Queen’s Speech Must Deliver Certainty and Confidence to Invest for Rural Businesses

27 May 2015

Rural business owners have committed to working with Ministers across Government to ensure the legislative programme announced in today’s Queen’s Speech delivers growth and jobs in the rural economy.

CLA President Henry Robinson said: “We welcome the programme laid out by the Government today and will work with Ministers across Whitehall to ensure that the legislation announced delivers investment, growth and jobs. Our focus will be on pressing Ministers to ensure new legislation such as proposed laws on Enterprise, Housing & Planning and Taxation work for rural businesses in England and Wales.

“There is much opportunity for businesses across the rural economy but Government must provide as much certainty and stability as possible. This includes Ministers doing all they can to reassure businesses that all eventualities are being planned for with respect to the implications of a referendum on UK membership of the EU, and to ensure that commitments to lock taxation extend across all aspects of business and property taxation.”

CLA President Henry Robinson also provided comments on specific Bills as follows:

On the EU Referendum Bill

“With a referendum on membership of the EU now confirmed to take place before the end of 2017, it is vital that the Government demonstrates that all eventualities are being fully planned for. This must include commitments to maintain investment, at the levels currently made by the EU, in agriculture and rural economic development.

“The UK’s membership of the EU impacts directly on hundreds of thousands of rural businesses and millions of jobs and Ministers have a vital role to play in reducing uncertainty that could hamper investment up to and beyond the referendum.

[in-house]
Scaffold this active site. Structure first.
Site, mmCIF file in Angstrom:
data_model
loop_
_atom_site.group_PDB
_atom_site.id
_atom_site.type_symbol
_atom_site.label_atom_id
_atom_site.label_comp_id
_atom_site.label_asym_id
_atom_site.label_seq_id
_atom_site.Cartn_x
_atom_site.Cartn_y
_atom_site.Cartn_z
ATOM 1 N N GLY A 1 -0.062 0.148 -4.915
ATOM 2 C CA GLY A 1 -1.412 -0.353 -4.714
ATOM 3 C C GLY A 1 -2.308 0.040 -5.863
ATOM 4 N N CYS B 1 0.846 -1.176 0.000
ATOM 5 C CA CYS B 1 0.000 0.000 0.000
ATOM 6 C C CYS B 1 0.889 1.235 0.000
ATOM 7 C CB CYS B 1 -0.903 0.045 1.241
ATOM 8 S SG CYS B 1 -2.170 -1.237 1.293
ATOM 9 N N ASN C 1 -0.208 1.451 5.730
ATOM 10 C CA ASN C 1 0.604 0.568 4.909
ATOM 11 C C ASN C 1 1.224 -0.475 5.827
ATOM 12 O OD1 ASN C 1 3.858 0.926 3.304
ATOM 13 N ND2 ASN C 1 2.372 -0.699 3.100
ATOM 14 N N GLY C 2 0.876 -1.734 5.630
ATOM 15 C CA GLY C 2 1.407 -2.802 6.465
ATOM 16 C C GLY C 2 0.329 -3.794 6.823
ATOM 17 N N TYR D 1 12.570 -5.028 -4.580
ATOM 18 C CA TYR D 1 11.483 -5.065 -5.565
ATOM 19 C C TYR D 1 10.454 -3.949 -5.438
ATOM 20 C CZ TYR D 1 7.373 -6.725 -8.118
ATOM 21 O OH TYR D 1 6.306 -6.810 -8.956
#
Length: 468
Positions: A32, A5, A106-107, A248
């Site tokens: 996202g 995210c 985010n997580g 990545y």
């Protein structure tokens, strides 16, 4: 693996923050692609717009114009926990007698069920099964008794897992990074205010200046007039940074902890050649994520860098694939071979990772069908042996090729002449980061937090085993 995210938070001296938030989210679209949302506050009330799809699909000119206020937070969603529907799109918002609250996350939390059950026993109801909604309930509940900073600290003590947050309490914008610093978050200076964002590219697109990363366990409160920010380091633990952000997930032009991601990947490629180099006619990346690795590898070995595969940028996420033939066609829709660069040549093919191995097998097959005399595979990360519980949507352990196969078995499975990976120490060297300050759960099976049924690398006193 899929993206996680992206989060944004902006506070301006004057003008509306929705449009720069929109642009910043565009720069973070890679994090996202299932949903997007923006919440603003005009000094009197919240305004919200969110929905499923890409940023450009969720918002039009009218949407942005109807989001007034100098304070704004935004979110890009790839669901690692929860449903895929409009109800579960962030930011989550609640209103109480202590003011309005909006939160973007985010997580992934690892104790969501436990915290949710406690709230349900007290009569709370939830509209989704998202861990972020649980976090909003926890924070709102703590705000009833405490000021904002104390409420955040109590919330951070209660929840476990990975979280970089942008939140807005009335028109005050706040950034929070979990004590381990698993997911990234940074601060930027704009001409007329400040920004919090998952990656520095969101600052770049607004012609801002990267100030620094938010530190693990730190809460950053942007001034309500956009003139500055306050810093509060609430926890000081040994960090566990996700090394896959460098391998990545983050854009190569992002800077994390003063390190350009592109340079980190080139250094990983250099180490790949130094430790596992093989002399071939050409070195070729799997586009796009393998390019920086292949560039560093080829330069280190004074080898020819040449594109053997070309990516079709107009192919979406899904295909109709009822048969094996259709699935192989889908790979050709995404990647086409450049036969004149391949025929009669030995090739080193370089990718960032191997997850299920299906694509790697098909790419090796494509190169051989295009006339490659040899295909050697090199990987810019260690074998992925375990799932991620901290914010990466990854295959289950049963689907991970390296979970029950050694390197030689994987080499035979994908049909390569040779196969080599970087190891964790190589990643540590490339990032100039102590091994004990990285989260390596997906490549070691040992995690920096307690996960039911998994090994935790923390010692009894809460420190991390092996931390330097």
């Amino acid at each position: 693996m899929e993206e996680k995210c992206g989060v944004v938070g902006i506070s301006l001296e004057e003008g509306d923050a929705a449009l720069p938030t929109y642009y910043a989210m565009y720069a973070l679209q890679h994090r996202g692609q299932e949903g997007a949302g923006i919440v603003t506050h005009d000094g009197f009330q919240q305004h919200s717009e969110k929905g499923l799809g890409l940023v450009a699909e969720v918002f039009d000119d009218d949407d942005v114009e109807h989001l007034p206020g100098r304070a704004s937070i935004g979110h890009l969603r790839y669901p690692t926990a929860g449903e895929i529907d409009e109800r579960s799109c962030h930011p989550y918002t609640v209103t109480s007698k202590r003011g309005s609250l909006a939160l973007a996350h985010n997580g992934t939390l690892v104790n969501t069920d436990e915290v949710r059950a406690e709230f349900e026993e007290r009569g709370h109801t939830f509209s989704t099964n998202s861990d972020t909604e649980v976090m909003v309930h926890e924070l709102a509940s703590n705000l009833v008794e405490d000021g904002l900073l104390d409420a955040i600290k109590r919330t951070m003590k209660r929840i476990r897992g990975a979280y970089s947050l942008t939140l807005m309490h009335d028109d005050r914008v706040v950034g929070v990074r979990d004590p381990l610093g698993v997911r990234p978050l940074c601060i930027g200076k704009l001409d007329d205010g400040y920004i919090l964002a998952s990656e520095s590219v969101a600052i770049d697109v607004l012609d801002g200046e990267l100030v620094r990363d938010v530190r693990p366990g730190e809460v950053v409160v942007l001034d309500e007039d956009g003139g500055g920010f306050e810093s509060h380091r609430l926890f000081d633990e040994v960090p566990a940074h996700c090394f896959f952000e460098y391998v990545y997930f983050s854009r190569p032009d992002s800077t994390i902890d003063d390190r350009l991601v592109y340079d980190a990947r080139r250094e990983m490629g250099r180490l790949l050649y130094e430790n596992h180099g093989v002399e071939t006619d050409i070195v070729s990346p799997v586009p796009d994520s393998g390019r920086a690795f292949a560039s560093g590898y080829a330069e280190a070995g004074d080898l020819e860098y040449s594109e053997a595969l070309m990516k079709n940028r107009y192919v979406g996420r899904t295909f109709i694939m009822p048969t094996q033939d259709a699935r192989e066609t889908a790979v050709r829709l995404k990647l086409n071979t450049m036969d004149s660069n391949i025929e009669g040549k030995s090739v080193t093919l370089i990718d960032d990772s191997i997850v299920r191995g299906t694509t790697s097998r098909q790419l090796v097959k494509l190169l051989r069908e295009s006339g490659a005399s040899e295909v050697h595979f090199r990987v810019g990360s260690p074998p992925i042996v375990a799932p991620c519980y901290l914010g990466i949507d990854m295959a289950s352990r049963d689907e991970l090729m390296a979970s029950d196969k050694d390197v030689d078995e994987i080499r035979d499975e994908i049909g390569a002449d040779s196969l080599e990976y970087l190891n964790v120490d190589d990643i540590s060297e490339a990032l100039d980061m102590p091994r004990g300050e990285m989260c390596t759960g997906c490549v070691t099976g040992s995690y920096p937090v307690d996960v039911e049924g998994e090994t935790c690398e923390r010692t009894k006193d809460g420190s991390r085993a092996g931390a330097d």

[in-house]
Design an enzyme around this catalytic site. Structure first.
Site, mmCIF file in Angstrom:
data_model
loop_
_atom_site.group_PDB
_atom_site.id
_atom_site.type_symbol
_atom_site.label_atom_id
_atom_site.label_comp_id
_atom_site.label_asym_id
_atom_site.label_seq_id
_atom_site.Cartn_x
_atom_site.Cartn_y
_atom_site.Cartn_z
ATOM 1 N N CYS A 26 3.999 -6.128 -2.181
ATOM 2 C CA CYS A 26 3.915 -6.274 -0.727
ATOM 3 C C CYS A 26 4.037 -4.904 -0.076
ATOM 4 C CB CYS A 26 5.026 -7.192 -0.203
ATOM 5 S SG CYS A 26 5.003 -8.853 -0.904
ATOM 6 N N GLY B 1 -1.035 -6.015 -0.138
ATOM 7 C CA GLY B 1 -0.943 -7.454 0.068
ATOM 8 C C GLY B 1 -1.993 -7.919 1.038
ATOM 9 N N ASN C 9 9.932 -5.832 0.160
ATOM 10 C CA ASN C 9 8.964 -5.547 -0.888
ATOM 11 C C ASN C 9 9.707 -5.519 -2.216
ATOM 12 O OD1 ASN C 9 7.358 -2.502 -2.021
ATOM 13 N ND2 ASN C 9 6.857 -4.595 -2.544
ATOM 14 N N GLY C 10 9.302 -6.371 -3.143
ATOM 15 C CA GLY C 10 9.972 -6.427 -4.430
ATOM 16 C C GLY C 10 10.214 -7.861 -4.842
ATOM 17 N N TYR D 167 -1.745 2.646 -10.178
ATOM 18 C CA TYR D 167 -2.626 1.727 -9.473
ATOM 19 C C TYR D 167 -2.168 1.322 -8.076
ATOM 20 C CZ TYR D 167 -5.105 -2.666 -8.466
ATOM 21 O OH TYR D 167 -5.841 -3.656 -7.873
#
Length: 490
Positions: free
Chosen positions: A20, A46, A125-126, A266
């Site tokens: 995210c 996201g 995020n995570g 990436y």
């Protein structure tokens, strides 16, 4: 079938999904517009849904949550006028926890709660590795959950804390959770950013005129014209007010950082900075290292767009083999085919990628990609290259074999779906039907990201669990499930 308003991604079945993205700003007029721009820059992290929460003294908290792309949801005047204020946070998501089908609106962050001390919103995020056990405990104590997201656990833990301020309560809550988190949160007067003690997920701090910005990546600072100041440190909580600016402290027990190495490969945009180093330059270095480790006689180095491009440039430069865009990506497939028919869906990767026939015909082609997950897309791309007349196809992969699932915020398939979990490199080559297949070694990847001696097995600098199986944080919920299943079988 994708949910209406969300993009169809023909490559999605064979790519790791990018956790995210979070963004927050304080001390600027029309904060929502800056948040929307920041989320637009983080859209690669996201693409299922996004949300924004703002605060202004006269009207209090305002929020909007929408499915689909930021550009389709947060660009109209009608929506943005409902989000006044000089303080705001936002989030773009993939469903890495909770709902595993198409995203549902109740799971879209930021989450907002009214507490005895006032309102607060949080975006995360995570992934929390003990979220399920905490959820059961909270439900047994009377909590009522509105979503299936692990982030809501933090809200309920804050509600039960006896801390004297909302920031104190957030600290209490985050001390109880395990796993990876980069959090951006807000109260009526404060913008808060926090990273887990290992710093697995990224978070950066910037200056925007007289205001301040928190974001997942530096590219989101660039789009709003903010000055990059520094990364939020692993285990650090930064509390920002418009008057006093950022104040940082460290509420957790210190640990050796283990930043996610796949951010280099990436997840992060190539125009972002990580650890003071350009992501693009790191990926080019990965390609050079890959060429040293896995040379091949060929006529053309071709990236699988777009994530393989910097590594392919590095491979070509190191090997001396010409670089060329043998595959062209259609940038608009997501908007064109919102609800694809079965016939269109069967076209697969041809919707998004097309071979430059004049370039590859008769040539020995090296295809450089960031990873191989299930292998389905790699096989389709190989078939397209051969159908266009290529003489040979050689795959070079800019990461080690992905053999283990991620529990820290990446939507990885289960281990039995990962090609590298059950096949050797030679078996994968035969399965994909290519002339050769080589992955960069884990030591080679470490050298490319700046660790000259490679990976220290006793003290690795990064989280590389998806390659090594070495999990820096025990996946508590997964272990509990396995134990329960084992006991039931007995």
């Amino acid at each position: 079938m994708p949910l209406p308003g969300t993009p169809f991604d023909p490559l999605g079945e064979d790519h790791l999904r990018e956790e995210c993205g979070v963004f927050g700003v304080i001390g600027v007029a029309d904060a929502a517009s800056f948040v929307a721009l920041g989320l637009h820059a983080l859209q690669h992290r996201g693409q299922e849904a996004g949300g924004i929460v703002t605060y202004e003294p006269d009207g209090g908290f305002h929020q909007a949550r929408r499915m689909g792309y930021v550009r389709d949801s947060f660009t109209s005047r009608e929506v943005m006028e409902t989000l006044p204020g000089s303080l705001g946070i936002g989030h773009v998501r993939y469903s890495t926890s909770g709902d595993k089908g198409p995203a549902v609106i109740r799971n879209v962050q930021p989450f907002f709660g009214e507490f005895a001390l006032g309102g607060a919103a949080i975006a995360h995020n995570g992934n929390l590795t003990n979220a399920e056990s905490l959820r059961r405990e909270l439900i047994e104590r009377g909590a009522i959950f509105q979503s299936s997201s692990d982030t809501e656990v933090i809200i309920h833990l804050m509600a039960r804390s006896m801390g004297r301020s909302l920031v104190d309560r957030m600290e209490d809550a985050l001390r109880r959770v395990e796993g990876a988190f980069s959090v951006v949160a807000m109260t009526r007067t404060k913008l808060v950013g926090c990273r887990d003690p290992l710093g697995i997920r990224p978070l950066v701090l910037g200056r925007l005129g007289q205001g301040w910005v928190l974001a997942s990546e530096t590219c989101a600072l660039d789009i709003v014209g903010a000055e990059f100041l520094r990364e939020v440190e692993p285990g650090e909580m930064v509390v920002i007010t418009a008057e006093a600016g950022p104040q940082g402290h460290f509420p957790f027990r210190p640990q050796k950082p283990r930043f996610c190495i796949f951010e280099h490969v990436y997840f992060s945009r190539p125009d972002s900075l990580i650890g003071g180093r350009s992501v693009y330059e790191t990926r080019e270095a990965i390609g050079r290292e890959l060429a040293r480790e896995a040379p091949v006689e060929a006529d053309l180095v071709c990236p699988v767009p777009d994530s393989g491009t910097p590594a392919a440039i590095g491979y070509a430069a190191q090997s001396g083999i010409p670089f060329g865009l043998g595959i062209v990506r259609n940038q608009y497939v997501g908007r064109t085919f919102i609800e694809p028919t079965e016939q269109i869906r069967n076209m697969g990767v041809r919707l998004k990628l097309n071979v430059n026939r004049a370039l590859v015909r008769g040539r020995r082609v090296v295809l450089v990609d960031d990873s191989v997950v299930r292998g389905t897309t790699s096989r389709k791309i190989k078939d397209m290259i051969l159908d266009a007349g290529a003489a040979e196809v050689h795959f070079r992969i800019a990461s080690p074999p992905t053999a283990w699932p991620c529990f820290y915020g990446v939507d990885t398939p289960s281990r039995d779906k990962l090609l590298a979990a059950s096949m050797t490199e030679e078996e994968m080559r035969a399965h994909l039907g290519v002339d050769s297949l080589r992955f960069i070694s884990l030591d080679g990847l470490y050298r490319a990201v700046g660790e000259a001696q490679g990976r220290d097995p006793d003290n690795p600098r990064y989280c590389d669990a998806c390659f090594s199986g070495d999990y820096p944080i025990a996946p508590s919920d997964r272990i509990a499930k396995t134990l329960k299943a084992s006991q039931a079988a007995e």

On Income Tax Bill

“We welcome the commitment in law to lock income, value added or national insurance taxation. However this commitment must extend further into all business and property taxes that affect rural businesses, many of which are run as sole traders or partnerships. We will be making the case for reducing the burden of taxation so as to allow rural businesses more scope to invest and create jobs.

On the Housing Bill

“We need more homes across our rural communities. It is vital that we meet the housing challenge in a way that is sustainable and contributes to the unique character of our countryside. This means careful planning and effective community engagement. We  are concerned that the Government’s desire to limit the amount of housing brought forward on greenfield land to 10% could create difficulties in locating appropriate housing developments in rural areas. We remain convinced that the decision should be specific to the area involved and not prescribed by national rules.

“Government must provide certainty and appropriate incentives to landowners that are considering bringing forward land for affordable housing. We are concerned that proposals to extend Right to Buy to Housing Association tenants could deter many landowners from making an investment in much needed affordable housing developments. It is vital that the exemption from right to buy from tenanted properties in small rural settlements and national parks is maintained.  

On the Enterprise Bill

“A Bill designed to support small businesses and job creation is welcome, but it must benefit rural businesses as well as those based in towns and cities. Cutting red tape is an important ambition, we will be keen to play our role in ensuring that this latest initiative does not fall by the wayside like many that have gone before.”

On the Energy Bill

“Landowners need clarity and certainty around when and where wind power developments are appropriate. Any investment in renewable energy takes a long time to bring forward and requires significant upfront investment. It is important that the planning and other policies are clear and consistent if we are to see any significant investment in the future. In recent years the debate on wind farms has left landowners confused and far less likely to consider bringing forward developments.”